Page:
SHARP brings together various skill sets and creative approaches in order to better understand, discuss and tackle the issues surrounding knife violence. Our multi-disciplinary team bring years of knowledge and expertise from their individual specialties to create something greater than the sum of their parts.

Medical Simulation

Virtual Reality

Physical Simulation

Illustrating emotion



Medical Simulation​

Simulation has long been used in healthcare education as a safe place to practice tackling challenging situations. By immersing the learner in a recreation of a high-pressure environment like an operating theatre, they can develop the skills needed for managing the real thing.

The Centre for Engagement and Simulation Science at Imperial College London, led by Prof. Fernando Bello and Prof. Roger Kneebone, has over 20 years of experience in surgical simulation. In the SHARP Project, we combine our pioneering approach to simulation with the expertise of a diverse multidisciplinary team to create a programme aiming to tackle the difficult topic of knife violence amongst young people.

Virtual Reality (VR)​

Based on testimonials of young people who have been victims of knife violence, Dr. Przemyslaw Korzeniowski at ICCESS has created a bespoke virtual reality experience which brings to life the journey of a victim.


The VR simulation incorporates real life accounts from young people with first-hand experience of knife violence, along with the surgical knowledge of our team to create an immersive narrative experience

Physical Simulation

Our unique portable equipment allows us to create realistic “pop-up” operating theatres and emergency responder teams in any location. Here young people can learn from paramedics, surgeons, and doctors in their own environment.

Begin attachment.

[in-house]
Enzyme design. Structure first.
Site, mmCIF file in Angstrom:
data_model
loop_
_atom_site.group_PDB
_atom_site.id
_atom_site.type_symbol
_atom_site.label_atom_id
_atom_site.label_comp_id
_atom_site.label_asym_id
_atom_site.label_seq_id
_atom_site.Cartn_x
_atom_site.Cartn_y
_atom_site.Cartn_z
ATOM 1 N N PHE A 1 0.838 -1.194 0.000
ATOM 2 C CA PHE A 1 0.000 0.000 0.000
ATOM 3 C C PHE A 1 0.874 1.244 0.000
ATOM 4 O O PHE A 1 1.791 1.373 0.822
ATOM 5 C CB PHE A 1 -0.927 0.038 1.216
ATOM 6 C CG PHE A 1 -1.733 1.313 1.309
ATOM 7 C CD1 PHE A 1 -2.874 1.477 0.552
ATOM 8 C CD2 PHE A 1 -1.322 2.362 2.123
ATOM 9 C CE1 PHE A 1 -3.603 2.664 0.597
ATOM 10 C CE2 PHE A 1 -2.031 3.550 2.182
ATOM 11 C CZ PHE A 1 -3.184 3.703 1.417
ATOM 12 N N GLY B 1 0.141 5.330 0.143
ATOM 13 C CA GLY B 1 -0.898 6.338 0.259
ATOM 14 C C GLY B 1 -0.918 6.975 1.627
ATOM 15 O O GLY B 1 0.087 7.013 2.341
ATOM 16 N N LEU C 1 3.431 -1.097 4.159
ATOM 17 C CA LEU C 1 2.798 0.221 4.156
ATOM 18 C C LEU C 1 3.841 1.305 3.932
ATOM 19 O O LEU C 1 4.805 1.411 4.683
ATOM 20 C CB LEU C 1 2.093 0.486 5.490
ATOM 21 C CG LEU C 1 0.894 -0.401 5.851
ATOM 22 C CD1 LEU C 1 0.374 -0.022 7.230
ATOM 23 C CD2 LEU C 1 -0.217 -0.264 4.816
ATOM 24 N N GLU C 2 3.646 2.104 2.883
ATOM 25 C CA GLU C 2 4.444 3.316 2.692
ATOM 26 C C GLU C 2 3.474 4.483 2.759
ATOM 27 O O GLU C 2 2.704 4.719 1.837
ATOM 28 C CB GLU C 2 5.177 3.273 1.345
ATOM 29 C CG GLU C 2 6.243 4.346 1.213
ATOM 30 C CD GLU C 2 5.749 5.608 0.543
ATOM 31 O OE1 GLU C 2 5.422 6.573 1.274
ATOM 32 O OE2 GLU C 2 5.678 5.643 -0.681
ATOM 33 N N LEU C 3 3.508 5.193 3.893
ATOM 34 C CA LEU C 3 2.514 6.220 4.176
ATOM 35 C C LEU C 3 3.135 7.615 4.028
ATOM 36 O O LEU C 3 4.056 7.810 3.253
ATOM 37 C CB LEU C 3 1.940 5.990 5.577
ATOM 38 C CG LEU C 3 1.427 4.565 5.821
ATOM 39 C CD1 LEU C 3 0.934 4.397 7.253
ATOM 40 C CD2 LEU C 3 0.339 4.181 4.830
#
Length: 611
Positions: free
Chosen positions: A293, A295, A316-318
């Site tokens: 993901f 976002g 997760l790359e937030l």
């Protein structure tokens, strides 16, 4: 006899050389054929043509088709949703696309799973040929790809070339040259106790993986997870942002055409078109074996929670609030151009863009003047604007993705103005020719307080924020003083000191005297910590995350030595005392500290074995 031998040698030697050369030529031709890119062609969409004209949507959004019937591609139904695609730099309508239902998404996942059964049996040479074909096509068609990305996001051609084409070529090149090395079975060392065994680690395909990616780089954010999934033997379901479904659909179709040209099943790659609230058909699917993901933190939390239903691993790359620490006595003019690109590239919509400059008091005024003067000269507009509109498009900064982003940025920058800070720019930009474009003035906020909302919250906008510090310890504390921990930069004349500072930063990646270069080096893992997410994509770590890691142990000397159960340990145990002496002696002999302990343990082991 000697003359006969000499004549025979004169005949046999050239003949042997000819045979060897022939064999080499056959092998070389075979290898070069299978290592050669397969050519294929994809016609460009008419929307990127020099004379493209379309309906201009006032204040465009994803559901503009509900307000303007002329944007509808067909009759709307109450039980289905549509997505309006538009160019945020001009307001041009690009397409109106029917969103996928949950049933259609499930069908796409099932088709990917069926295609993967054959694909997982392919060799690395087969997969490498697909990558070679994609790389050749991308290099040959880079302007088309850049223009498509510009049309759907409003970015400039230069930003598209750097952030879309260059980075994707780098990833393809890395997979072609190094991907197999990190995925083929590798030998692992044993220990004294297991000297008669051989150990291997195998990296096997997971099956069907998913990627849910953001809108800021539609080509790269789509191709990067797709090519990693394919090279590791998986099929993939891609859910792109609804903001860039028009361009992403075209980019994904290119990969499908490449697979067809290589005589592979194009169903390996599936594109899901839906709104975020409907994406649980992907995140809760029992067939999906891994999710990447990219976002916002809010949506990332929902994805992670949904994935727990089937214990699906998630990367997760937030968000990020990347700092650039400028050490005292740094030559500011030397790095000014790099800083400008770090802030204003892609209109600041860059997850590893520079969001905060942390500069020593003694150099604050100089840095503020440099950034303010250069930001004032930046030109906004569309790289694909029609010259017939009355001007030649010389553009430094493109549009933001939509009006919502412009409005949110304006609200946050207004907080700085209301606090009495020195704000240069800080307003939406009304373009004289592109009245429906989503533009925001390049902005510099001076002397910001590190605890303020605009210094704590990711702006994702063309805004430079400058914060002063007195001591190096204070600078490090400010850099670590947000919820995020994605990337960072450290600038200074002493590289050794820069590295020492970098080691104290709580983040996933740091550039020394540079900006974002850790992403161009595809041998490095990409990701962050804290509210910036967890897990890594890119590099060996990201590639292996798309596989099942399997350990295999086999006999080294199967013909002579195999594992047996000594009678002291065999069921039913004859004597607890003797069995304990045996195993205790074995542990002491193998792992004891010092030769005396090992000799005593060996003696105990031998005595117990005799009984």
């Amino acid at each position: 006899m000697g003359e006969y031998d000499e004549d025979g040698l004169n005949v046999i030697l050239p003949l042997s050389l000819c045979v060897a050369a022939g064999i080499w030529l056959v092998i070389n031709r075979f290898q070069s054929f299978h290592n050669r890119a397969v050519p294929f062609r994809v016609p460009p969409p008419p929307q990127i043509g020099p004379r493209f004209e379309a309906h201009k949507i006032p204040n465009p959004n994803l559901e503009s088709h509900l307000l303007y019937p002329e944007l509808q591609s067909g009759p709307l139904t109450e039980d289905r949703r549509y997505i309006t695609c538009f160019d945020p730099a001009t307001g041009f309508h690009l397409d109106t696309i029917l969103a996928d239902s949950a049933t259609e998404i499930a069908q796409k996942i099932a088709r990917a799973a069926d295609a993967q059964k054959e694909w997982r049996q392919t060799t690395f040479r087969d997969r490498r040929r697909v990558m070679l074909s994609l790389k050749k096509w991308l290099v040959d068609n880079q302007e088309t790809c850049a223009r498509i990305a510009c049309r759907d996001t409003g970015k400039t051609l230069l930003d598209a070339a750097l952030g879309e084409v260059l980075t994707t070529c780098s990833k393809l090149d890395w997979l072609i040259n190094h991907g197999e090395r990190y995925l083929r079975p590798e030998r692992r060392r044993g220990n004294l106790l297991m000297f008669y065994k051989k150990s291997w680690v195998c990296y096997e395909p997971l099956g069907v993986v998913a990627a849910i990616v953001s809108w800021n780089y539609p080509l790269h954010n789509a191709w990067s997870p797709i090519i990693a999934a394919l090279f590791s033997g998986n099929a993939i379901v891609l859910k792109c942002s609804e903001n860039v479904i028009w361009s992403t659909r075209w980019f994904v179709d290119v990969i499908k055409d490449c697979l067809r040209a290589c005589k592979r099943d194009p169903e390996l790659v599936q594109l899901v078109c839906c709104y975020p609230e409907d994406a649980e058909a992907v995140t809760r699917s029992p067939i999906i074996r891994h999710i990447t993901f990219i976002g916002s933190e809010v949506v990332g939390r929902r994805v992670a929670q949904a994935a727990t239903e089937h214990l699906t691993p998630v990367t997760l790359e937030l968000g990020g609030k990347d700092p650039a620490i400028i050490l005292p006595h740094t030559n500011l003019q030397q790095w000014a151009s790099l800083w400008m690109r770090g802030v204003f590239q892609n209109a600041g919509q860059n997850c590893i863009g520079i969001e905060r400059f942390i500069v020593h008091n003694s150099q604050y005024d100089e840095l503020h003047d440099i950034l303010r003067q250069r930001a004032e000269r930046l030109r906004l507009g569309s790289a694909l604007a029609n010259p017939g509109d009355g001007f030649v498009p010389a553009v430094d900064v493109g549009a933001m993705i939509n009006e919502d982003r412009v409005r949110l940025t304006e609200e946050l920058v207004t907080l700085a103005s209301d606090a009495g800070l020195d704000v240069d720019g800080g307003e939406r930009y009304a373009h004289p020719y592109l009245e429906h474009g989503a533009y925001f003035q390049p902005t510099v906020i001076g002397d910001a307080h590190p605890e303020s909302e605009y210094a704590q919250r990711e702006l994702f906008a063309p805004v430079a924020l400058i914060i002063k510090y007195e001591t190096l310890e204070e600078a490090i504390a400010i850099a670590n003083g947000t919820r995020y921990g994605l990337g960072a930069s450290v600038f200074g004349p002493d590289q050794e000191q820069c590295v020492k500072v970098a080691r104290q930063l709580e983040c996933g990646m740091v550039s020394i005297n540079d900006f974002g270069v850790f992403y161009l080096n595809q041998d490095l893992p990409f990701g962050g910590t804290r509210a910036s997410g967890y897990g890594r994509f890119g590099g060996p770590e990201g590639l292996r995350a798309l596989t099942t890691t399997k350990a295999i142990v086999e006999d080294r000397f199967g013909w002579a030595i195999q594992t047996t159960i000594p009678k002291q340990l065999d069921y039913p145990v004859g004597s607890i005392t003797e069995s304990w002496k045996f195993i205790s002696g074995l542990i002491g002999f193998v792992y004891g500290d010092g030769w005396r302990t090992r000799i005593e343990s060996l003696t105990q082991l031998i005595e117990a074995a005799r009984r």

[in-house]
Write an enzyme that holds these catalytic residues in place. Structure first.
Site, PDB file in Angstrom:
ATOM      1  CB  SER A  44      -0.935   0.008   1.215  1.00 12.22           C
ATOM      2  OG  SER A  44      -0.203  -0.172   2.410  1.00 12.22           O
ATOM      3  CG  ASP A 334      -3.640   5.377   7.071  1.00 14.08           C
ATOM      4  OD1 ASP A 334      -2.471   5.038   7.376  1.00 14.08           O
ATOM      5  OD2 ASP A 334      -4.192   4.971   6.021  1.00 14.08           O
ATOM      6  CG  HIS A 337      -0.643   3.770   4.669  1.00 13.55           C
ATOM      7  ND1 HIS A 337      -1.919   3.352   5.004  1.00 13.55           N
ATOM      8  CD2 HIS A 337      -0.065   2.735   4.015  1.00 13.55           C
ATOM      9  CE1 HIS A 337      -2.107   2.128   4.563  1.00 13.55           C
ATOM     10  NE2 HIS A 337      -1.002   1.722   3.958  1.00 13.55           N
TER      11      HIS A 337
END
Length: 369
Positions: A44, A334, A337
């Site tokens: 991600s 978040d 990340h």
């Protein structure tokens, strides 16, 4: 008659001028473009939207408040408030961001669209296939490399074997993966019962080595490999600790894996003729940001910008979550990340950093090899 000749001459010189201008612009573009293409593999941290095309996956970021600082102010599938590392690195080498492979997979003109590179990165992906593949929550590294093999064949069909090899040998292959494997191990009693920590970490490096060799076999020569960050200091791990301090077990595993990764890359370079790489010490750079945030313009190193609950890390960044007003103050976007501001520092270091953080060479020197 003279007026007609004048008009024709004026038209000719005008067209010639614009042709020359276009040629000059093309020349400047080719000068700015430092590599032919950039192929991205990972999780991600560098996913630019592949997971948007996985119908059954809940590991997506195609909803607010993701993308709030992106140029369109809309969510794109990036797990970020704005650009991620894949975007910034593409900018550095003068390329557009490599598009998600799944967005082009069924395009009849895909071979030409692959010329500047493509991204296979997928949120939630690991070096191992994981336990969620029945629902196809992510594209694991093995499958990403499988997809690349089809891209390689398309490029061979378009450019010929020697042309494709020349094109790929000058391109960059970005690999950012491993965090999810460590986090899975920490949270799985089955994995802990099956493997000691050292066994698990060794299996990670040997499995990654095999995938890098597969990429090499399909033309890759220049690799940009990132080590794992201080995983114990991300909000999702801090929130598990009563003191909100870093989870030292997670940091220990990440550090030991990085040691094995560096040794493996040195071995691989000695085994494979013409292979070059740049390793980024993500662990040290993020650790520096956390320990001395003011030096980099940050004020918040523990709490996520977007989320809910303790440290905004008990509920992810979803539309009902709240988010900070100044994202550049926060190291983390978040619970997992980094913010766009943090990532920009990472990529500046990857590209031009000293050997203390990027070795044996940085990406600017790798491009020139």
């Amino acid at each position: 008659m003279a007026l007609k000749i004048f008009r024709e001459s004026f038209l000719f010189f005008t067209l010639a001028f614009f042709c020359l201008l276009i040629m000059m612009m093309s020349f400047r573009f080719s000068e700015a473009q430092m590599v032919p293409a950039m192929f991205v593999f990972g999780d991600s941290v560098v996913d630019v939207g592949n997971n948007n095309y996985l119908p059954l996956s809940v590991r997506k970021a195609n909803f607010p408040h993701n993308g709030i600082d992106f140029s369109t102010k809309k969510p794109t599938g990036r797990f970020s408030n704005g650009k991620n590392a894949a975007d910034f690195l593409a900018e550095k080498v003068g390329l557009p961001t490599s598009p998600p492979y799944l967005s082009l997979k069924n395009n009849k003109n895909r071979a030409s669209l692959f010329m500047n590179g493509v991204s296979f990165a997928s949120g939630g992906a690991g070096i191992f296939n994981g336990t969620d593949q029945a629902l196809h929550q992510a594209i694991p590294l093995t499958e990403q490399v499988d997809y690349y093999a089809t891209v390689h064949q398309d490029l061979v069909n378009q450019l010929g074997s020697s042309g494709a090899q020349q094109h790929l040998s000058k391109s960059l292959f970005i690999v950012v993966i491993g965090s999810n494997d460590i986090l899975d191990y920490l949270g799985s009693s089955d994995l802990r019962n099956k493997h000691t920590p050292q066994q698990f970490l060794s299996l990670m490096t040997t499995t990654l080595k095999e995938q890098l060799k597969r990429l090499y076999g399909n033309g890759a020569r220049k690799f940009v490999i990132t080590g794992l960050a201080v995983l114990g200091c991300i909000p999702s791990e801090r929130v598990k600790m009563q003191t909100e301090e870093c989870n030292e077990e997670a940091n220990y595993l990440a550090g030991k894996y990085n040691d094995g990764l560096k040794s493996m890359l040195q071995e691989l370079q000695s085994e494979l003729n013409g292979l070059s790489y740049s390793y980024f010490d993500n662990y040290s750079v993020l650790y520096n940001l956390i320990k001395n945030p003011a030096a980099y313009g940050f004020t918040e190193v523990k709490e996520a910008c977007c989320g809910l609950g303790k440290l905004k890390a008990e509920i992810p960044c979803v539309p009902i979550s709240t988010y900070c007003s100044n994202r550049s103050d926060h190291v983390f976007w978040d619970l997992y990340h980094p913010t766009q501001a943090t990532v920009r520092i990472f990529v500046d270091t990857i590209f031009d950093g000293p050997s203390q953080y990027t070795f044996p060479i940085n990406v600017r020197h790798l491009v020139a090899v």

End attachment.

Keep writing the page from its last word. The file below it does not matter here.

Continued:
The models used in our surgical simulation are handmade by our resident sculptor George Petrou. The simulated patient torso is cast on a live model which is then moulded in silicone to give a realistic sense of touch.

Another approach we have to explore and learn about the human body is through the use of a textile body created by Fleur Oakes. Fleur is an accomplished embroider who uses her knowledge of various textiles and embroidery skills to create an approximation of the human body.

Illustrating Emotion

Drawing is a way of expressing complex and ambivalent feelings, which are often difficult to articulate. This is particularly true for young people who may not have the experience or vocabulary to verbally describe their responses. Our artists use a clinically informed therapeutic approach to visually scribe each workshop and to work with young people to help them express their views, emotions, and feelings around knife violence through pictures, as well as words. The work created by young people will become a key starting point for discussion during reflective sessions.

to visually scribe each workshop and


The young people who join the SHARP Project are our partners, rather than simply learners. We want to understand their experiences and challenges. To empower them to express their needs and explore ways of meeting these together. Central to the success of the project is the ongoing conversation between our team, the young people, their teachers, and their parents. We are here to listen.


We know that education alone is not the key, environment and social support matter. That’s why the SHARP programme links with many other community organisations offering long term programmes to develop opportunities, build confidence and provide safe activities for young people.


SHARP is a collaboration between the Centre for Engagement and Simulation Science at Imperial College London, the Prince’s Trust, and the Change Foundation. It is funded by the Youth Endowment Fund. Our team is made up of doctors, surgeons, researchers, educators, artists, youth mentors and coaches.

Have more questions or want to get involved? Get in touch!